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Opinion: Public sex offender registries, like one created with Megan’s Law, are often unfair and ineffective: magazine editor

Jacob Sullum, senior editor at Reason magazine, writes that sex offender databases are both over- and under-inclusive, and often fail to distinguish between dangerous predators and those with nonviolent offenses. Further, one survey found that 90% of sexually abused minors were assaulted by relatives or acquaintances, not strangers. Full Opinion Piece

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  1. Tired of hiding

    A rare voice of reason who actually uses facts (imagine that) in the discussion of the sex offender list and it’s failures. It’s always nice to read I just wish that more people would “get it” instead of mindlessly being manipulated by politicians who use this topic year after year to deflect the spotlight from real issues and use it to appear to be “tough on crime”.

    Thank you for using your voice to speak the truth that these lists are not effective. That they destroy lives and no effect other than causing MORE victims!

    • Q

      Agreed. It is indeed a good fact based article. A little mentioned fact in this article is that states must maintain registries as a condition of receiving federal law enforcement funding.
      I wonder if anyone will ever ever try to go at the unconstitutional registries on the federal level. And how much money do the cops in any state need anyway? And for what; it’s obviously not going top training. Just take a look at how many people are shot and killed by some scared cop each and every day all across the country!

  2. Robert Curtis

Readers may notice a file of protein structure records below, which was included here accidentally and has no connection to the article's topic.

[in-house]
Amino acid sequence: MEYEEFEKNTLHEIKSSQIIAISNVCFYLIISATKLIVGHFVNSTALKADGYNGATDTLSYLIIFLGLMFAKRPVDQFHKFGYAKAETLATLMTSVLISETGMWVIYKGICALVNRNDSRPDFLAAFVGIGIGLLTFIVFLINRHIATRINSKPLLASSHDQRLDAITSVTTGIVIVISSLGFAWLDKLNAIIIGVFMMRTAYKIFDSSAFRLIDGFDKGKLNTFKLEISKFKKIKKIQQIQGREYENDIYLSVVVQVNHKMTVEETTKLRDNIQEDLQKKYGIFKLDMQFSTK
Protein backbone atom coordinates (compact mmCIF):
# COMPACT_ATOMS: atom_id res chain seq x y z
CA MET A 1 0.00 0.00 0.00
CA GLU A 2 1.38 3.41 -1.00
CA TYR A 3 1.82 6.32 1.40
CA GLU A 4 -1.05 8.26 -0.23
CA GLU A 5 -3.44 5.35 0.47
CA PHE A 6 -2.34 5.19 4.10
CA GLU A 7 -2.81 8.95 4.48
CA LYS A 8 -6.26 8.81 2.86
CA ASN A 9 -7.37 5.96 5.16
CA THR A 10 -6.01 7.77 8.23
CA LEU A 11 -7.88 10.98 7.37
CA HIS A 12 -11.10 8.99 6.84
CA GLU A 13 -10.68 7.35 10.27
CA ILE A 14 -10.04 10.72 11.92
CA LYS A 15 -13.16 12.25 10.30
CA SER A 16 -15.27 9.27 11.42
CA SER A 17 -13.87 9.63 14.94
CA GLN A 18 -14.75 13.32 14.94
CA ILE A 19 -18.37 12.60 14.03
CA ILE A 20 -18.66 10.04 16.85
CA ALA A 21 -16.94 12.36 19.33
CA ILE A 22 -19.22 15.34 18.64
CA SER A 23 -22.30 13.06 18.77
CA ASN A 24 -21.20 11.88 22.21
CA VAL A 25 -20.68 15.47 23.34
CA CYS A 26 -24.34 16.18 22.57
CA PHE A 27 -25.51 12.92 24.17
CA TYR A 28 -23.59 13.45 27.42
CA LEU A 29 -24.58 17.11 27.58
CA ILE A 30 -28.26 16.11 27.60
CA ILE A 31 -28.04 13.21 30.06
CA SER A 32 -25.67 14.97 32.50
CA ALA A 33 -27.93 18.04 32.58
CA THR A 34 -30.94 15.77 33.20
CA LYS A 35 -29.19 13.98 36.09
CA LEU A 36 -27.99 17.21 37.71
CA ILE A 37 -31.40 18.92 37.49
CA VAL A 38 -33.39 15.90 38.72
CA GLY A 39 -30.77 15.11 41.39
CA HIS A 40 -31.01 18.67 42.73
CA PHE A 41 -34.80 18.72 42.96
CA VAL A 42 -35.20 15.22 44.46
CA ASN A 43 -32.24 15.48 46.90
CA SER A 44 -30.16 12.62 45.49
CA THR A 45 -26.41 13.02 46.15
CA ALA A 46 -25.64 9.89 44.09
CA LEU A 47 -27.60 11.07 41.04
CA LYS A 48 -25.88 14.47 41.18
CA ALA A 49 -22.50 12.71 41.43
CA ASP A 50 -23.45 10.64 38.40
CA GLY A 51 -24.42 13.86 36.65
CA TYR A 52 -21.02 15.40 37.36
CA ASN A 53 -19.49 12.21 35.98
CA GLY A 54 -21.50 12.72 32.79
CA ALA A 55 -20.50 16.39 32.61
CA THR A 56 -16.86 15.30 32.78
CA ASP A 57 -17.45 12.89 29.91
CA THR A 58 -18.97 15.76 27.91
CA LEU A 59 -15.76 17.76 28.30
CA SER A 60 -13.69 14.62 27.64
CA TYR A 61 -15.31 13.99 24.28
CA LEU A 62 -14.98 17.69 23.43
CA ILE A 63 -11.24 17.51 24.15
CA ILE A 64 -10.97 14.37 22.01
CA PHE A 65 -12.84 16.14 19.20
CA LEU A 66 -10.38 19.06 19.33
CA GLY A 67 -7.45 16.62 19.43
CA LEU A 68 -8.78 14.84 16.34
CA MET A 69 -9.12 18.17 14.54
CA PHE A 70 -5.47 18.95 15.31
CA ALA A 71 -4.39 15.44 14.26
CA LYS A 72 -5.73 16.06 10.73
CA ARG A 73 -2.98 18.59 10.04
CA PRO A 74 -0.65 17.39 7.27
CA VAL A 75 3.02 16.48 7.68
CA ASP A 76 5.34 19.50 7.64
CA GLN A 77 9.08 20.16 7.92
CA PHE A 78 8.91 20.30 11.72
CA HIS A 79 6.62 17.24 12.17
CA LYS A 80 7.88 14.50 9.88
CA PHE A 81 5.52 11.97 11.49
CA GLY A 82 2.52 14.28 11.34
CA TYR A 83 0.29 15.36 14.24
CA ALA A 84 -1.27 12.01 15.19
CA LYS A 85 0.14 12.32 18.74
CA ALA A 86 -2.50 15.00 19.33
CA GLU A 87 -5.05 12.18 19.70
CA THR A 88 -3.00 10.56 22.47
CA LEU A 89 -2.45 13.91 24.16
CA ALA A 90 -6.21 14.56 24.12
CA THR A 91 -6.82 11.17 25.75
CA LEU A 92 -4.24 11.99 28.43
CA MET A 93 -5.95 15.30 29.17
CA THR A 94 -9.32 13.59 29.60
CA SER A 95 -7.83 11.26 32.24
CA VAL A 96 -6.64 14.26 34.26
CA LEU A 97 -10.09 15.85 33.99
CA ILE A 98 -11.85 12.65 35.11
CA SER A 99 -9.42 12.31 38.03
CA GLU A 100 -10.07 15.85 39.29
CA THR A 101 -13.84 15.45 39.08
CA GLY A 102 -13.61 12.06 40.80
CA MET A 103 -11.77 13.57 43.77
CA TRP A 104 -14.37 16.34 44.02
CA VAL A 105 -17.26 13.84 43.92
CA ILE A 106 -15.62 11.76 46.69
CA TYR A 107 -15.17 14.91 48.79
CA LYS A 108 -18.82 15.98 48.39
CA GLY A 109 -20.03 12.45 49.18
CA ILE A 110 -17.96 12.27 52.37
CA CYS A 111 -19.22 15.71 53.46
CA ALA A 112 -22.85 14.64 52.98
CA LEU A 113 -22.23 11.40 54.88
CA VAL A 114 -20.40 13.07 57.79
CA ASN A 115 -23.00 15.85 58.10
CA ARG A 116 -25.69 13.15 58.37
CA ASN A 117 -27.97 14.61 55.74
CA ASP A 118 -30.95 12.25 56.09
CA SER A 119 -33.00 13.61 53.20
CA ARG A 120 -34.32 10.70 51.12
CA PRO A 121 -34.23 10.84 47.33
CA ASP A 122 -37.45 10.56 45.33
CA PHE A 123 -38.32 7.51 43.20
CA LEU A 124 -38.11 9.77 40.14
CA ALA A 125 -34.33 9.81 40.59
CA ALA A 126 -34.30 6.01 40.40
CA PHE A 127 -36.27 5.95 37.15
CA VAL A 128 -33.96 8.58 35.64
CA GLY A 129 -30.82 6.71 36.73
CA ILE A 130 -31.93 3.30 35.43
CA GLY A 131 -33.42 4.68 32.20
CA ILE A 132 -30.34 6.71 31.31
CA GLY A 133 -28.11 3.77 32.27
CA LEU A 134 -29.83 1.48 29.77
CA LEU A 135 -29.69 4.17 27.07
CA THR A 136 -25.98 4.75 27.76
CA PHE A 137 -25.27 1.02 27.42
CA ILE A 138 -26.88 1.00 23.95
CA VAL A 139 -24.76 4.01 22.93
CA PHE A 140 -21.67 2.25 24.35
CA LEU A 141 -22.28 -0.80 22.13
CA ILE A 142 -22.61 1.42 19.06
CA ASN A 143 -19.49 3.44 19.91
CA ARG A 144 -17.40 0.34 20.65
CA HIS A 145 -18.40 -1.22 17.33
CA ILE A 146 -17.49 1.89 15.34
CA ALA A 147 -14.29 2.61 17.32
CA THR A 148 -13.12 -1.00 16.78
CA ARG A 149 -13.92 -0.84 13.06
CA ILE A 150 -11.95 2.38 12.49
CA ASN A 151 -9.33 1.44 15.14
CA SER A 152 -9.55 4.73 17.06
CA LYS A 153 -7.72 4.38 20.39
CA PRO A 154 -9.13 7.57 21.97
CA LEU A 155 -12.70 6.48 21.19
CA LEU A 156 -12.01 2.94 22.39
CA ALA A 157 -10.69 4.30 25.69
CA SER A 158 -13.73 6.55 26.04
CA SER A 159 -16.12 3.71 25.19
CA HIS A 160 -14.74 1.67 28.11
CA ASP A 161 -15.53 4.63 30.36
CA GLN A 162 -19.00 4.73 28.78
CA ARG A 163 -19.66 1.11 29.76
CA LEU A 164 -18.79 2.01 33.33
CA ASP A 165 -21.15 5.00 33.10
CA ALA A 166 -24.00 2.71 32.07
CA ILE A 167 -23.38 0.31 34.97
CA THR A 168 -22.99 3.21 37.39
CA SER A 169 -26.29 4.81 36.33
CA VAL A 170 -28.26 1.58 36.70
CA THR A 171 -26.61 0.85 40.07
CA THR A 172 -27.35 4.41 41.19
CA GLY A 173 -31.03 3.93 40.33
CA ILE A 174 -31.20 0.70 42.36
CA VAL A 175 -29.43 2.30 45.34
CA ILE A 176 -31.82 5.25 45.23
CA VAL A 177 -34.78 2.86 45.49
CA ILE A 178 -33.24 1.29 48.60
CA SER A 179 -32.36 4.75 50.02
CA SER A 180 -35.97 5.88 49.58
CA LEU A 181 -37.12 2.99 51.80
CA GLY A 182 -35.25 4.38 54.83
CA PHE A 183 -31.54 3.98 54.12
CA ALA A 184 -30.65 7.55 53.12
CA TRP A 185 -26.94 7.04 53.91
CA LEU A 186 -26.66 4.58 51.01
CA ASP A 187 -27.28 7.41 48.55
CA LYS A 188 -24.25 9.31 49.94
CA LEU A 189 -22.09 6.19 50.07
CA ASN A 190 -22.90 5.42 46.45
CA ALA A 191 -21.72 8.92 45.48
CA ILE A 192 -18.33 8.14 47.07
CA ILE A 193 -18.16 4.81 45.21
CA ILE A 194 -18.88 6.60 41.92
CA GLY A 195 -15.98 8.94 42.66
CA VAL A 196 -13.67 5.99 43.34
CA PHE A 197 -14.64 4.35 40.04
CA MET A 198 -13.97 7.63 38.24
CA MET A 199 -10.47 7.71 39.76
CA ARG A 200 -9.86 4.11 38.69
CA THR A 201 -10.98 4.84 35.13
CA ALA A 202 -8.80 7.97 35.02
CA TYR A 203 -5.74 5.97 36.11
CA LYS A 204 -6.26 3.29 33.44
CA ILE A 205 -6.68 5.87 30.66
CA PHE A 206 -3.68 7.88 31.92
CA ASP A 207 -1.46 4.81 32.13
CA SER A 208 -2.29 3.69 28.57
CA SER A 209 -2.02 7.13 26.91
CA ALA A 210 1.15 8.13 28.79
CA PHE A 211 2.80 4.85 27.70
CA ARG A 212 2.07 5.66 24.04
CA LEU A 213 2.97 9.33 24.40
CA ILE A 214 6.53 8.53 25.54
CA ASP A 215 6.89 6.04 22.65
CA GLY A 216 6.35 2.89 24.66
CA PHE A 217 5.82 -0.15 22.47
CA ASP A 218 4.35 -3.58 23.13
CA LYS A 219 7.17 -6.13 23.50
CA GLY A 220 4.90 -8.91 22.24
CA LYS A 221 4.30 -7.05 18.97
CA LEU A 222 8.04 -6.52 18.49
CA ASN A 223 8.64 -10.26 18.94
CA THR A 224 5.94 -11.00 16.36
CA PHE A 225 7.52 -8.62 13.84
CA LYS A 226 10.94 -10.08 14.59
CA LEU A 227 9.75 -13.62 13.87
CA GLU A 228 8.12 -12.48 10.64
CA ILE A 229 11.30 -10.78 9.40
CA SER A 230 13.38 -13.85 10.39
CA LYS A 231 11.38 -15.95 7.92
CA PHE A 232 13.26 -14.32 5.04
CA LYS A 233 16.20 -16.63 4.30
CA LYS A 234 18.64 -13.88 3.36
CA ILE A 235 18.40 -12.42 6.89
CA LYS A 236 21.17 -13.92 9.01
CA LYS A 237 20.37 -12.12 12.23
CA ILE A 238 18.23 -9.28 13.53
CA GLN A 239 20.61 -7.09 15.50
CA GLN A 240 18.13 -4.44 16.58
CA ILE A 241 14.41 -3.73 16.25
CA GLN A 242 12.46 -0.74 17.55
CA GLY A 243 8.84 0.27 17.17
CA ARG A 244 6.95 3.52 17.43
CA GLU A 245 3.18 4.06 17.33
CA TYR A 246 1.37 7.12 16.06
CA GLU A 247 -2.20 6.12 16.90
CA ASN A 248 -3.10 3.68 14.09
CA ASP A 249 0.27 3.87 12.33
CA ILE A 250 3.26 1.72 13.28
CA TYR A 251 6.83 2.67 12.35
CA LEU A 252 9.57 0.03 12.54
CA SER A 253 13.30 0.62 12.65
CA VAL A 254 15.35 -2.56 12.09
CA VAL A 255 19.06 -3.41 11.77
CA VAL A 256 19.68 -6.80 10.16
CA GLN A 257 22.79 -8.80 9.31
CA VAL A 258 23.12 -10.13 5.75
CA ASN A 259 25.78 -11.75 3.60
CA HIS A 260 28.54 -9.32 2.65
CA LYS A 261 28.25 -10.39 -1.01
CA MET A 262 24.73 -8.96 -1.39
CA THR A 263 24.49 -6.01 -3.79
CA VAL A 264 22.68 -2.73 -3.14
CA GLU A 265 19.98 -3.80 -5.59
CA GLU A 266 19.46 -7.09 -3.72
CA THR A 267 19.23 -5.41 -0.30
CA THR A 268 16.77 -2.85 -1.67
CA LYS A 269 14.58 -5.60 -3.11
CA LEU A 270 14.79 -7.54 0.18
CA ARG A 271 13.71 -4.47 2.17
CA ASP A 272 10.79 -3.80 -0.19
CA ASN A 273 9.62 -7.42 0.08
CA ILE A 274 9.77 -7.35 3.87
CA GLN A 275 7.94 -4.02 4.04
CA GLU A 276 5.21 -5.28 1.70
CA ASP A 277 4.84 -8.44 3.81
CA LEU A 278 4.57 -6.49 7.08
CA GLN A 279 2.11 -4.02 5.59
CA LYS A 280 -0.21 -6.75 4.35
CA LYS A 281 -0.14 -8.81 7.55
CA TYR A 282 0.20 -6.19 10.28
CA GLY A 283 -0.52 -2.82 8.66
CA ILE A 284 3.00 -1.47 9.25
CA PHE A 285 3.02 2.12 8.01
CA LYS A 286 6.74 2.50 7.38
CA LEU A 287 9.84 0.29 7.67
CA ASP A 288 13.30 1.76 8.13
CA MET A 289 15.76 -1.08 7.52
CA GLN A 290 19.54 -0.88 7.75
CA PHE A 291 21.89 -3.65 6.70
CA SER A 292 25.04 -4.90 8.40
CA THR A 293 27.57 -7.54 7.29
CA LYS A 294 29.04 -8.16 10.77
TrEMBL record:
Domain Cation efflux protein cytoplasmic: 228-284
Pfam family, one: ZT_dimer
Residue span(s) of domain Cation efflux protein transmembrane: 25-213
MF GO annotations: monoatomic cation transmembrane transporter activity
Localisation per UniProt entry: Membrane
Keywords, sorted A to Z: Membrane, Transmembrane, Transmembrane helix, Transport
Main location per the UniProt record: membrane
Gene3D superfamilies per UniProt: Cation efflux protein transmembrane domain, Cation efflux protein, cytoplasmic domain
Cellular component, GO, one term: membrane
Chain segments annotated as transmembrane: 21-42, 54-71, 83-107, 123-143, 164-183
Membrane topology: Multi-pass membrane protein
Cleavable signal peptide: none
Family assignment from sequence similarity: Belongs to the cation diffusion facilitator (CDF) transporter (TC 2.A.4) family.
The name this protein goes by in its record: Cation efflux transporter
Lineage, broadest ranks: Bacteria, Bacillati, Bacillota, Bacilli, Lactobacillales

According to the FBI’s definition of what a domestic terrorist is the sex offender registry is clearly described as such. It fits all three requirements in the stated definition. So we as registrants are forced under color of law to being victimized by clearly defined acts of terrorism.

    http://www.fbi.gov/about-us/investigate/terrorism/terrorism-definition

  3. James Townsend

    Jacob Sullum seems to be the man of the hour and his article is inspiring. You know John Walsh always said on America’s Most Wanted”, You can make a difference. I salute this man that published this article as he is one hundred percent correct and his article should inspire others in taking a stand and voicing their view’s.
    They bible says’ one can do nothing for against the truth but for the truth and I still hope American’s go by what the bible says. I even hope the supreme court’s go by what the bible says’ but it seems like we have two different types of people today…. We the people and We the Government. Now the sex registry has its purpose but it is vague……… they classify would be predators caught in undercover stings as those that actually had a victim. Even texting is classified as being worthy of the sex registry or anything that show’s sexual content today that the public might take as not right than they call the local police and complain and than your in a world of trouble just for mooning or flashing or some other things such as the sting operations with fictitious victims.

  4. sérviam

    “Ensuring public safety is…a fundamental regulatory goal, and this objective should be given serious weight…But, at the same time, it would be naive to look no further, given pervasive attitudes toward sex offenders, (Ex Post Facto Clause was meant to prevent “arbitrary and potentially vindictive legislation”). The fact that the Act uses past crime as the touchstone, probably sweeping in a significant number of people who pose no real threat to the community, serves to feed suspicion that something more than regulation of safety is going on; when a legislature uses prior convictions to impose burdens that outpace the law’s stated civil aims, there is room for serious argument that the ulterior purpose is to revisit past crimes, not prevent future ones.
    — Retired U.S. Supreme Court Justice David Souter (Smith v. Doe (2002))

  5. Robert Curtis

    There is an unintended consequence to having an extremely punitive sex offender registry and that is most offenses are committed by family members and those know to the victim. By the registry being punitive against families and not just to individuals doesn’t it seem logical that victims will not report abuses in order to protect their family as a whole? So, the punitive nature of the registry by default becomes it’s own worst enemy.

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